I greatly enjoyed my visit last Friday to the Minnesota Economics Association. I had gone a few times years ago and thought it was a bit too erudite and the format like a set of seminars. This year had two panels and two papers.
I was on one of the panels, discussing fiscal policy. Those who know me and the other economists on the panel probably expected a few sparks based on politics, but there was very little disagreement. In short, the fiscal policy stance of the current administration is untenable. I didn't use but wanted to "Stein's Law": things that can't go on forever, don't. (That's Krugman's version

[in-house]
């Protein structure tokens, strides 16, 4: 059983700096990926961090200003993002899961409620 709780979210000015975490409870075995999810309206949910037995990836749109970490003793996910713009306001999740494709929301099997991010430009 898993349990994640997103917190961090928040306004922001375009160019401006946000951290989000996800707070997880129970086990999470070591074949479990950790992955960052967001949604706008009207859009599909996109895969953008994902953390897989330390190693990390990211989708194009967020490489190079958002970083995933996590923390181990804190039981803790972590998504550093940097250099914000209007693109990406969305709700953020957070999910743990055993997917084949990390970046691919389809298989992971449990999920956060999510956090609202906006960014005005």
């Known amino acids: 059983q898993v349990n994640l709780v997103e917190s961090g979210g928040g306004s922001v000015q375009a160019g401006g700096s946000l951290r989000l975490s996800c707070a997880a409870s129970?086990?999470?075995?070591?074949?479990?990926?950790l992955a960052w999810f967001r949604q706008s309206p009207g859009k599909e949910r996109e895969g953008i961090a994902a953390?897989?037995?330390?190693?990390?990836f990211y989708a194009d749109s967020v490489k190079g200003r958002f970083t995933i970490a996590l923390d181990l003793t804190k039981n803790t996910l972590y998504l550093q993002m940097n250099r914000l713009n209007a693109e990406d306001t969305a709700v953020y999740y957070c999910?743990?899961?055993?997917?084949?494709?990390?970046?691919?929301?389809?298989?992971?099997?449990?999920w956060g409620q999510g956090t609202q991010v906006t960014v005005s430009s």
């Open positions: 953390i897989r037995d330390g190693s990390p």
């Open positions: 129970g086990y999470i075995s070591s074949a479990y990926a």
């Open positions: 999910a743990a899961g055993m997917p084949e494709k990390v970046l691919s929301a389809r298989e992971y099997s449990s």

, and I like it.) What I was speaking about was the effect internationally, and I played off two countries, China and Armenia, that I visited in the last six months.
The effects are very different. While China continues to grow with a very small pause earlier this year, the Armenian economy is getting whacked hard
. There may be perhaps a 17% decline in GDP, and jobs are scarce. Some of it is brought on themselves by a construction boom
, but it's not like they had subprime mortgages there. And as the U.S. fiscal policy stance pushes interest rates higher elsewhere in the world, what happens to their capital formation rates?
Labels: Armenia, economics